But don't confuse the Reddit trading group with amateurs.
"These are not basement-dweller trolls, these are smart people. Yes, they have their own vernacular that may be different than you are used to hearing," Dan McComas, former senior vice president for product at Reddit, told CNBC Thursday.
Ryan Zamo, 31, owns two businesses in Los Angeles and first found the WallStreetBets subreddit last summer. Zamo said he had been trading stocks for several years and stumbled upon the community when searching how to do options trading.
Zamo said members of the subreddit are well aware of the risks involved in stock trading.
"Literally it's called WallStreetBets, and it's just a lot of gambling," said Zamo. "But when I found it and why I stuck with it and why I love it is because it's actually really educational."
What is the Reddit group's mission?
McComas, who is now the vice president of product for video company Metal.tv, told CNBC that he is a member of the WallStreetBets forum. "With a movement behind them and their community growing, they are starting to spread out and look at organizations like (CNBC and) like other people involved in the institution of stock market trading and realizing that they have power," he said.
With this "huge influx of people rallying around their mission," McComas said, and many "actually willing to put money behind their words, I think it is like a perfect storm of all things coming together."
To succeed, the group has to depend on fellow forum members who they likely don't know, Lyle said. Some may feel the urge to sell shares when they've got a hefty profit. "To hold this group together or at least get enough new people coming to keep it going is also remarkable," he said.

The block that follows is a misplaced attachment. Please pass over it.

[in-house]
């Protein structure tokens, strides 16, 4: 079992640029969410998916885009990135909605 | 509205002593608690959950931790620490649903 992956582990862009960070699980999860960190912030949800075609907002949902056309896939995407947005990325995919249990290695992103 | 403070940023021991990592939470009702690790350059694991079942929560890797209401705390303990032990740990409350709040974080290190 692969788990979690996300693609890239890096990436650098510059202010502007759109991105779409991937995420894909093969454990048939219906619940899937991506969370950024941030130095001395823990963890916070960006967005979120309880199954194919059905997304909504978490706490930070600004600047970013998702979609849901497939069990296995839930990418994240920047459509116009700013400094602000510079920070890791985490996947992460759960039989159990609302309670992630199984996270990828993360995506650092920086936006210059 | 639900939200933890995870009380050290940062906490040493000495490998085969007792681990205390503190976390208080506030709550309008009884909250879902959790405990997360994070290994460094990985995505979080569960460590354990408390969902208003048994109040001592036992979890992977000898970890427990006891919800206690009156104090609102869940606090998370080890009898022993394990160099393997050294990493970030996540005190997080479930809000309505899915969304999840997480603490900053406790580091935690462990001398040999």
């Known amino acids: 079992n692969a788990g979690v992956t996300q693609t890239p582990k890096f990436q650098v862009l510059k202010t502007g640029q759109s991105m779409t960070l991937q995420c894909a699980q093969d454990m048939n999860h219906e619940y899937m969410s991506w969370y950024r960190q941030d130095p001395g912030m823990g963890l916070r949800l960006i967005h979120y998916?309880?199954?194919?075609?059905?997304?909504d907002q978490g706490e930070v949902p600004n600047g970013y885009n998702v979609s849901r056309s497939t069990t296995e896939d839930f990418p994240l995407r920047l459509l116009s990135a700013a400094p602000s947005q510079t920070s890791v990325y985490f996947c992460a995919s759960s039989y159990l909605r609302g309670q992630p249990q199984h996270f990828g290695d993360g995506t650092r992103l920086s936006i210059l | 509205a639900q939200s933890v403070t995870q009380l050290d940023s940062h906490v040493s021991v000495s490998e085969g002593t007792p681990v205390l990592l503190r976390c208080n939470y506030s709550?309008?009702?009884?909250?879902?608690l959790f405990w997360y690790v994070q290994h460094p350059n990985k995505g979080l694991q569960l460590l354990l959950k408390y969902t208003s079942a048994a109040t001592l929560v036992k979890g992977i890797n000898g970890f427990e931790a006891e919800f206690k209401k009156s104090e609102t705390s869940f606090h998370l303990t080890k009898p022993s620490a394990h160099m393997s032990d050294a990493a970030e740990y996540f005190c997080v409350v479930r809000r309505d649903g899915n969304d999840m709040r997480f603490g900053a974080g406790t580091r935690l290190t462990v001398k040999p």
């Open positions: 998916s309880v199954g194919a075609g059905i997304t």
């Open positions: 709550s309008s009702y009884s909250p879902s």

This "gutsy" effort appears aimed to "screw the hedge funds, for lack of a better word," says Lyle.
"People are rooting for wsb because it's not a big institution, organization, or even a hive mind," reads a tweet from the subreddit's Twitter account. "It's a gathering place of millions of unique individuals who are tired of being run over by the big guys and are each fighting back in their own way."
But the repercussions for the market remain to be seen.
"This will definitely clear out all short sellers of thinly traded stocks for a while," Horstmeyer said. "And in all, this is really bad for U.S. markets since it will just make our markets less efficient—short sellers are needed to correct prices and this is getting all short sellers out of the market."
As the stock fell below $200 on Thursday, Lyle, the Northwestern professor, said he thought the end might be happening. But shares rose back up to $250—and were at $215 midday.
"My belief is that this is going to end with a pretty sharp price correction," he said. "I'm often wrong, but that's my belief. I think it has got to end sometime soon, maybe in the next week or so. But I just don't know when."
While those supporting the Reddit group's mission have taken to Twitter with the hashtag #HoldTheLine, there's an inevitable ending when the music stops. That's because the strategy the group is using to increase stock prices is akin to a pyramid scheme, says Michael Pachter, managing director of equity research at Wedbush Securities.
"There won't be fundamental investors buying the stock at $200 and then $300 and $400," he said. "The only way the stock goes higher is if the Reddit Army believes it can keep up squeezing the shorts and if the shorts keep shorting. ... that continued share price appreciation requires more investors to come in at ever higher prices."